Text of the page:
In a letter to the Economist this week Ottmar Edenhofer, co-chair of IPCC Working Group III (which produced the recent report on renewables) dresses down the magazine for not recognizing that the IPCC has procedures in place to deal with the possibility that authors might impose their biases:
The IPCC has now approved a formal policy on conflicts of interest as recommended by the InterAcademy Council, a network of national science councils. This is an already endorsed increment in a pervasive system and is not a first step in a whole new area. Our new special report on renewables continues the tradition of balanced, thorough assessments at the IPCC.What Edenhofer does not mention is that the IPCC conflict of interest policy is not being implemented until some time after 2014, after the current (fifth) assessment report is done (of course, nor did it apply to the recent renewables report). The yet-to-be-implemented COI policy is completely irrelevant to any discussion of the renewables report.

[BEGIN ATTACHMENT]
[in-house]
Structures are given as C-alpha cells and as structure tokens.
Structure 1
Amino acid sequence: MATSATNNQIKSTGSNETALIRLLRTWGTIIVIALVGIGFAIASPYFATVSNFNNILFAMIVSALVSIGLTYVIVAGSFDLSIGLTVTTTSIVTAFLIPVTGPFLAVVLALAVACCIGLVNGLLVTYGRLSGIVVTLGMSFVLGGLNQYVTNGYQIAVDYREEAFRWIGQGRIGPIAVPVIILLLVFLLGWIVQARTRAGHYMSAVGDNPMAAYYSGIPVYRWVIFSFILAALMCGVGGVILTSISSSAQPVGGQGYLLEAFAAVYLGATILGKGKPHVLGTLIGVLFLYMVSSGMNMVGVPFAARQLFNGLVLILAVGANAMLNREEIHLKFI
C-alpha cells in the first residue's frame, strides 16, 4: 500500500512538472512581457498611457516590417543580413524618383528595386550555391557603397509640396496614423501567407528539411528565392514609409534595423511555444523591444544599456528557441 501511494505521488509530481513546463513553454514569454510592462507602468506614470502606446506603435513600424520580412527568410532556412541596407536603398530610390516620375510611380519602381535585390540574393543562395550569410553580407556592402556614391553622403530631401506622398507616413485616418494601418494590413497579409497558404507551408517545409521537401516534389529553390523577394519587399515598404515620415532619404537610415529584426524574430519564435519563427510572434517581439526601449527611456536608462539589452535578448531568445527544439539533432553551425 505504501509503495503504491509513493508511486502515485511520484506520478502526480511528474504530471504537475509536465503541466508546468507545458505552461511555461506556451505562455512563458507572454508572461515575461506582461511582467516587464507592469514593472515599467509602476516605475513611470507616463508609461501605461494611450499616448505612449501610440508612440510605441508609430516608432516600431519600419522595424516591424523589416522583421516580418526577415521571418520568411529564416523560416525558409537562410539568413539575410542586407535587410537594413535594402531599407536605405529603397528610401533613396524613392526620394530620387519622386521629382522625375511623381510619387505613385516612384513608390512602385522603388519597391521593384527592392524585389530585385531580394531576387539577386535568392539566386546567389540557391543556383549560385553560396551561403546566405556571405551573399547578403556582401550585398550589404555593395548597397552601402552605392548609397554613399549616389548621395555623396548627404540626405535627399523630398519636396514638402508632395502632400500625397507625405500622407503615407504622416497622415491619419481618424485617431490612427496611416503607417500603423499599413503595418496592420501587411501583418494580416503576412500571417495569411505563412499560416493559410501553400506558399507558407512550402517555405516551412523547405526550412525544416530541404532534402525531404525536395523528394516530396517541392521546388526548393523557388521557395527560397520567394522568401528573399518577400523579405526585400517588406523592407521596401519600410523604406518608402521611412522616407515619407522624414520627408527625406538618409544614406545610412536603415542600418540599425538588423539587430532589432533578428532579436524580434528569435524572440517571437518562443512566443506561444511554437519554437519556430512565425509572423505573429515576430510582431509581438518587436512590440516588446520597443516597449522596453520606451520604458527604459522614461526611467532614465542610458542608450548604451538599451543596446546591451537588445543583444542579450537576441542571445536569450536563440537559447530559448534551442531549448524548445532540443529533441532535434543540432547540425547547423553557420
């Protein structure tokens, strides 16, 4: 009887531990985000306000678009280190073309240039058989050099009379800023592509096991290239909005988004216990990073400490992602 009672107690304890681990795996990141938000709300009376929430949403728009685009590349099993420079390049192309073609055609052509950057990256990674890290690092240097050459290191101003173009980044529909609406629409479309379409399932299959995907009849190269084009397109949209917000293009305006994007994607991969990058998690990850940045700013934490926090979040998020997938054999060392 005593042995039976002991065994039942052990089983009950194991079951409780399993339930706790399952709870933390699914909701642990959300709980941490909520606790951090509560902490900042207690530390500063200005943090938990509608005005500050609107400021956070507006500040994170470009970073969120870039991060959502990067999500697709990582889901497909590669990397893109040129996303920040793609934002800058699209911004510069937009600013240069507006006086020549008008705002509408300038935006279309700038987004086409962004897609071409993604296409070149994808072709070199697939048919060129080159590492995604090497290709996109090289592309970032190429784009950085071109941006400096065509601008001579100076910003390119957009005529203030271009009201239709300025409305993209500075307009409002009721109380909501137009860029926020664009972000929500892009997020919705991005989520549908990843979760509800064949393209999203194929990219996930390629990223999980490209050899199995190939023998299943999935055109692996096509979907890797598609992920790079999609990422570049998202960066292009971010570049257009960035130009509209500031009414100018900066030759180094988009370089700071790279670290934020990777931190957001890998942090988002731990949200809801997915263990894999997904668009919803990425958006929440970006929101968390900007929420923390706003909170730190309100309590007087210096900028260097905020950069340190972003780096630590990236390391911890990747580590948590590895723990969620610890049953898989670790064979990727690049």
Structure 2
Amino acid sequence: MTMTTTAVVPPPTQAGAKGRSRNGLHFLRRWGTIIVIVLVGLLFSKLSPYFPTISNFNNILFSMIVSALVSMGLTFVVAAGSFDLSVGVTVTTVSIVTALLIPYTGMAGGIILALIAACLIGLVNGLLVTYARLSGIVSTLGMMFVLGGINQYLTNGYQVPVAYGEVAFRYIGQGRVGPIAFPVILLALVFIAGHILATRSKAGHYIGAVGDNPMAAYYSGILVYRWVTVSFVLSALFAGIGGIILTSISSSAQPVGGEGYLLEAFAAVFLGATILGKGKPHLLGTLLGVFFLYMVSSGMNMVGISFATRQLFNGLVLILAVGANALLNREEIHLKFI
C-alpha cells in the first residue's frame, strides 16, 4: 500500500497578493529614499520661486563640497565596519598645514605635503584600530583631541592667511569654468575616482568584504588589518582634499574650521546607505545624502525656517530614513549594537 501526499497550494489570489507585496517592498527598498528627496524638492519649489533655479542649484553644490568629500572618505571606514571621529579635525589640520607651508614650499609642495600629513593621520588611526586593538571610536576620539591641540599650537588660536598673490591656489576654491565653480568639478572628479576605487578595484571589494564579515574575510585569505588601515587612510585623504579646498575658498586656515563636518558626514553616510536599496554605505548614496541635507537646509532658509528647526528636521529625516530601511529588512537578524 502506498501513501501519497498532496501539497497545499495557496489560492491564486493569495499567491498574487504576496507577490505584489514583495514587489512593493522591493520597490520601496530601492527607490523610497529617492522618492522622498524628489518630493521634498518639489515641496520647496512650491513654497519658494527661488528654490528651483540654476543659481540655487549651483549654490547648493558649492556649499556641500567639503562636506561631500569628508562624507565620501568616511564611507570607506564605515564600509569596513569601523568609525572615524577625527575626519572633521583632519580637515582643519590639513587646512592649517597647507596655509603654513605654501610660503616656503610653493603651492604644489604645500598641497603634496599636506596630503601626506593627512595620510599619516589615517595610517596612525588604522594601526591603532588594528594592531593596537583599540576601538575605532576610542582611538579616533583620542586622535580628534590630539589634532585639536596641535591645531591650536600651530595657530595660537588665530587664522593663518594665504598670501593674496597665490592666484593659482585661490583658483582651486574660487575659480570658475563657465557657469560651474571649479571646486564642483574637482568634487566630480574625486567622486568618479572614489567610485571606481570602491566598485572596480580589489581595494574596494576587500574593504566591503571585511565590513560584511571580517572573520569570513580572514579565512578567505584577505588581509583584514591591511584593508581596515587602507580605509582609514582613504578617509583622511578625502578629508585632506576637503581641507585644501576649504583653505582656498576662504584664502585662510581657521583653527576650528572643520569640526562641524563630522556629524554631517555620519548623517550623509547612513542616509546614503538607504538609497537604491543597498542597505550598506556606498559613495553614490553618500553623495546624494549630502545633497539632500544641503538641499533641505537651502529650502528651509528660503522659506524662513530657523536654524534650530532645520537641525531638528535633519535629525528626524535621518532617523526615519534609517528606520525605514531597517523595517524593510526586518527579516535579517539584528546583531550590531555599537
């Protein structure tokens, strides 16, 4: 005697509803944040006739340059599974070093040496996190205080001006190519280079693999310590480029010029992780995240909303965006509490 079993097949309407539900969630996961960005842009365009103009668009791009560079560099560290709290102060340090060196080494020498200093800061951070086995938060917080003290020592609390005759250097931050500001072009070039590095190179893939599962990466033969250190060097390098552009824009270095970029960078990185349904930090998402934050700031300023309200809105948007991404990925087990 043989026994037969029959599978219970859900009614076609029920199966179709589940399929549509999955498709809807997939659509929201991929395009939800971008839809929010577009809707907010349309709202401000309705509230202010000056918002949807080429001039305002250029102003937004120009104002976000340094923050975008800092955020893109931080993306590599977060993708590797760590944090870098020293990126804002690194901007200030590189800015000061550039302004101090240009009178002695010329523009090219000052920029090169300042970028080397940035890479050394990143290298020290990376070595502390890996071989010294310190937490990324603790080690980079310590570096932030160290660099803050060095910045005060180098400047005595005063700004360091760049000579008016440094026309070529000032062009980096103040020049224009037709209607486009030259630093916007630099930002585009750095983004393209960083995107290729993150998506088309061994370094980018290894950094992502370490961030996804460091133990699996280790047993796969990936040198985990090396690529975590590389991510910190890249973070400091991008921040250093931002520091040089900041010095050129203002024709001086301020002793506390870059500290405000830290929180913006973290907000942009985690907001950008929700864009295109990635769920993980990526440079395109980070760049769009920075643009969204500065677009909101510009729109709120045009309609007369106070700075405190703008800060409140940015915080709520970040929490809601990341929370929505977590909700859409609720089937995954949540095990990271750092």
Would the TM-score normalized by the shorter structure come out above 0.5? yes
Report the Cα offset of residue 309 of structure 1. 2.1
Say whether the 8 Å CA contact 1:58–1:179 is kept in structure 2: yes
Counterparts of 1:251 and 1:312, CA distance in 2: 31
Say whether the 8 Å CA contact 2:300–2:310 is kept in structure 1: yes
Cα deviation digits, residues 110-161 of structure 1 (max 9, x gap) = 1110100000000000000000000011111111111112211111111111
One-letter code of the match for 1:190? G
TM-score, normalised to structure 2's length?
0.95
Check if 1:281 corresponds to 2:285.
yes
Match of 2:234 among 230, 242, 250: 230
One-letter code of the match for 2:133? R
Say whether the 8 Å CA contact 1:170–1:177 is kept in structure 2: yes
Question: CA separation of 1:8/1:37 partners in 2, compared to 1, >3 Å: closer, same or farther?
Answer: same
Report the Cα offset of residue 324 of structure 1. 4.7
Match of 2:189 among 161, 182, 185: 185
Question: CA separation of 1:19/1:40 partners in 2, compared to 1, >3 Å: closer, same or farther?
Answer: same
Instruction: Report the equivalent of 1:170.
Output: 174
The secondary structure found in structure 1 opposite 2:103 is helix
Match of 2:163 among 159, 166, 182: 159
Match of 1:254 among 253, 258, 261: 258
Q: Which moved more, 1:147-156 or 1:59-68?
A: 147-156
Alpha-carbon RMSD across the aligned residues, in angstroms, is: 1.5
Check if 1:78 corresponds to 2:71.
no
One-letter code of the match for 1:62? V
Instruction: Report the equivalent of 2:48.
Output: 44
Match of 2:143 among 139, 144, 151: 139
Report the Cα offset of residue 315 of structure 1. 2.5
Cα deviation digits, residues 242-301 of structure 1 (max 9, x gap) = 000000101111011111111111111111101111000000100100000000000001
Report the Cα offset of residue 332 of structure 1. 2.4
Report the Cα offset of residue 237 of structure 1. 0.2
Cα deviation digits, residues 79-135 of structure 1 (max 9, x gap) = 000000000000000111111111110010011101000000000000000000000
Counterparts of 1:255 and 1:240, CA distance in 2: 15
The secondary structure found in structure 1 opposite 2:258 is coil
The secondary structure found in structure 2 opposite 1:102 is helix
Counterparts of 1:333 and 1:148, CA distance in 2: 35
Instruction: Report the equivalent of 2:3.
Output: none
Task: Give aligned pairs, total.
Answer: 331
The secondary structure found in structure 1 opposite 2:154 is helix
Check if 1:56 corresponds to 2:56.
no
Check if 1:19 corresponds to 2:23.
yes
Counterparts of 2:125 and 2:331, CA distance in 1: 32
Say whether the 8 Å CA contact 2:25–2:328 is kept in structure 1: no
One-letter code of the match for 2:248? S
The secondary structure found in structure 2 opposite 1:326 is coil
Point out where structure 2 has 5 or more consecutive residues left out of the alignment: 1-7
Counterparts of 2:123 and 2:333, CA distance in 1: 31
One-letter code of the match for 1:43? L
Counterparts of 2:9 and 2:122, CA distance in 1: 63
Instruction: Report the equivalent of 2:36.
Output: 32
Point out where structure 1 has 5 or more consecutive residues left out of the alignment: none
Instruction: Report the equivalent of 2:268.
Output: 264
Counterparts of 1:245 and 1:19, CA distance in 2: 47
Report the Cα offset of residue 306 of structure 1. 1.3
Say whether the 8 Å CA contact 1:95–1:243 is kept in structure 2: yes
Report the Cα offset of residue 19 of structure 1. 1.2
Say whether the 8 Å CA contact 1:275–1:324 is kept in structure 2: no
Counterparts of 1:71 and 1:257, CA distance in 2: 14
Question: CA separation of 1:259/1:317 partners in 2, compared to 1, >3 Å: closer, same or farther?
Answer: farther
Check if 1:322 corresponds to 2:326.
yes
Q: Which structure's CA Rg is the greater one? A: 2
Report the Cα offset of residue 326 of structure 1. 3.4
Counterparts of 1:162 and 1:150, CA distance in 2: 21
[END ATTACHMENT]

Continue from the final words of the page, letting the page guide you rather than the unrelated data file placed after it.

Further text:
The IPCC Chairman Rajendra Pachauri explained the reason for the delayed implementation recently to the Economist:
Of course if you look at conflict of interest with respect to authors who are there in the 5th Assessment Report we’ve already selected them and therefore it wouldn’t be fair to impose anything that sort of applies retrospectively.If you think about it, fairness to IPCC authors who have conflicts of interest (most notably Pachauri himself) is an interesting concept. One might argue that the legitimacy of the organization outweighs a need for such fairness to conflicted authors, but I digress.
The IPCC involves many sincere people who put forth a lot of effort. It is a shame to see that effort repeatedly scuppered on the inability of the IPCC leadership to recognize that trust and legitimacy are essential to its job. When will the climate science community stand up and demand more effective leadership?